fbpx

This year, the IRS has added a new item to its “Dirty Dozen,” a list of tax scams that the agency is on the watch for.  The item is “Captive Insurance,” a topic that is near and dear to Hawaii.

Businesses can protect themselves against risks by buying insurance.  Usually they buy it from big insurance companies that have financial strength.  But even smaller insurance companies can become effective if they themselves buy insurance from a “reinsurer,” a company that sells insurance only to insurance companies.

A business that is good-sized and has a fair amount of risks might consider forming an insurance company of its own.  That insurance company would then write insurance to the business and its affiliates, and go to the reinsurance market rather than buying insurance at retail.  That is a “captive insurer.”

Some states, including Hawaii, have passed special laws facilitating development of captive insurance companies, and have dedicated resources in the state insurance commissioner’s office specifically for captives.  In fact, Hawaii is the second most popular place within the United States, behind Vermont, for captive insurance companies.

Captive insurance companies are entitled to special tax breaks under federal law.  One provision in particular lets captives that bring in up to $1.2 million in premiums pay tax only on investment income, and not on premium income, while the businesses paying the insurance get to deduct the premiums they pay as business expenses.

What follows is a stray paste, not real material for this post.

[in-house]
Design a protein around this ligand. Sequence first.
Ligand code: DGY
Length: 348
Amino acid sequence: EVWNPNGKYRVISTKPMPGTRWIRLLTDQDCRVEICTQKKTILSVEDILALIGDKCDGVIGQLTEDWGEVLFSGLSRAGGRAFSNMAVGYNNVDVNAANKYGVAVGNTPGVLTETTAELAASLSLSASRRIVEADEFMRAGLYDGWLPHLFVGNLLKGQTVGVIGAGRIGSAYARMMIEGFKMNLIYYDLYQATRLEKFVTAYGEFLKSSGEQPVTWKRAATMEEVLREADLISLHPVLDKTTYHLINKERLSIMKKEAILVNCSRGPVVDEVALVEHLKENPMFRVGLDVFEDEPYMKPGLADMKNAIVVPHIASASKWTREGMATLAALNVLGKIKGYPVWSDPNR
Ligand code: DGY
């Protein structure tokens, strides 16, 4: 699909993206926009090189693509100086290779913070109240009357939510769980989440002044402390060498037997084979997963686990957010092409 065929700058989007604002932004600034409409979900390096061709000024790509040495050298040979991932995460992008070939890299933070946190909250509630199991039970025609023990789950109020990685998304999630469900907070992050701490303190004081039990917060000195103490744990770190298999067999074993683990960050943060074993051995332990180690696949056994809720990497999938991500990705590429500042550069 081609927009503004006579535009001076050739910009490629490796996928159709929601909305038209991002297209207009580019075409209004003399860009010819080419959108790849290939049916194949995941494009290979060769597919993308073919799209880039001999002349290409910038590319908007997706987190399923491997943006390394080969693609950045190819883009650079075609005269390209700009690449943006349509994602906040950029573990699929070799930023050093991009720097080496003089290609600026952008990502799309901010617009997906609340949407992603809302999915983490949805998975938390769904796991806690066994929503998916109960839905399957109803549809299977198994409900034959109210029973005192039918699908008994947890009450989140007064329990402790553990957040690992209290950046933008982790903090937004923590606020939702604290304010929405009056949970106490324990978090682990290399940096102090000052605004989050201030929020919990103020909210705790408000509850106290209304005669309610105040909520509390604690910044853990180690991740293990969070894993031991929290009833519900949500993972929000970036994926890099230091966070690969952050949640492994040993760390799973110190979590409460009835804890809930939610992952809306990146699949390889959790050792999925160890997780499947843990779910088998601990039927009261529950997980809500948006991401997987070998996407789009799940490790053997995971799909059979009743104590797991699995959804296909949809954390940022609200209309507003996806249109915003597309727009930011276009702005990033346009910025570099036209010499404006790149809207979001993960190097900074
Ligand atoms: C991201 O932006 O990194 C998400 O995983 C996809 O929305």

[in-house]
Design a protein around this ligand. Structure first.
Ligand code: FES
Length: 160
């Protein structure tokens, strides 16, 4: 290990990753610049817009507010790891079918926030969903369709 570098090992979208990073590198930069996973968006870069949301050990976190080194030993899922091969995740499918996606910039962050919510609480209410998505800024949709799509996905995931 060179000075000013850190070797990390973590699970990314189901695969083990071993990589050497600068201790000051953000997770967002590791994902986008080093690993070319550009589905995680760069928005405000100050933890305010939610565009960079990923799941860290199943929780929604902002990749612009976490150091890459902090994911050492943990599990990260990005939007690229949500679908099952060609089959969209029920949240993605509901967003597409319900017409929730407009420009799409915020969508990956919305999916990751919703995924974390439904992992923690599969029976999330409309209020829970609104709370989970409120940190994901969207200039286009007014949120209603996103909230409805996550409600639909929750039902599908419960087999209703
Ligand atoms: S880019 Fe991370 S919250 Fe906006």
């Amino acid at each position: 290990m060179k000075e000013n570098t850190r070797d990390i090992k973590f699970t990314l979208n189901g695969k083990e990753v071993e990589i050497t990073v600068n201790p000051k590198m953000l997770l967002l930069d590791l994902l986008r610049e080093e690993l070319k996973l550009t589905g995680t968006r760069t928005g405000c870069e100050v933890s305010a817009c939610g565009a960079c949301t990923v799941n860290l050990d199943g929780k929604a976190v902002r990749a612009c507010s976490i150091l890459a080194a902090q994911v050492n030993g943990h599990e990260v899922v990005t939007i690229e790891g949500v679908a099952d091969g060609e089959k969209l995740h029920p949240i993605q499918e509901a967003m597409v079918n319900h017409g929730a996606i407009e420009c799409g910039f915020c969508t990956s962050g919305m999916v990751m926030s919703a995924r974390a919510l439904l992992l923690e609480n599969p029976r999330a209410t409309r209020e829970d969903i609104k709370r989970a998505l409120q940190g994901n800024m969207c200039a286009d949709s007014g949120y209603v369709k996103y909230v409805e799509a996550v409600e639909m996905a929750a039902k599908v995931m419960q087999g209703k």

In addition, state tax law typically applies only to the premium income that a captive earns. Hawaii subjects that income to a very low rate, just 0.5%, in lieu of general excise tax, net income tax, and other business taxes.

Although captive insurance is perfectly legitimate, according to the IRS some unscrupulous promoters persuaded closely held entities to form questionable captives.  The promoters might create legitimate-looking documents such as insurance policies and binders, and may even register the captive as a legitimate insurance company with a state insurance regulator’s office.  But the business risks underwritten are esoteric or implausible, and there is no underwriting support, actuarial validation, or other substantiation for the amount of the premium charged.  Sometimes the annual premiums equal the amount of deductions business entities need to eliminate taxable income for the year; or up to $1.2 million annually to take full advantage of the tax break.  The promoters manage the captives year after year for hefty fees, “assisting” taxpayers unsophisticated in insurance to continue the charade.

If your business is paying large insurance premiums, and you can show that your captive’s costs including reinsurance premiums, administrative costs, regulatory fees, and the annual audit will be lower than the premiums you are now paying, you have a solid business case and nothing to fear from the IRS.  However, having a captive write insurance that you didn’t have before to insure risks that you don’t understand could lead to all kinds of trouble, including doubled penalties for “transactions without economic substance.”

As one of the top captive insurer destinations, there are many people in Hawaii who understand the industry and its issues.  A good captive manager, or CPA experienced in auditing captives, can certainly be of value to any business, big or small, domestic or international, that is considering captive insurance.  This technique can yield substantial benefits if done right, but could create large risks if a “ready, fire, aim” process is followed.

 

Courtesy “Weekly Commentary” by Tom Yamachika. See more on the Tax Foundation of Hawaii website.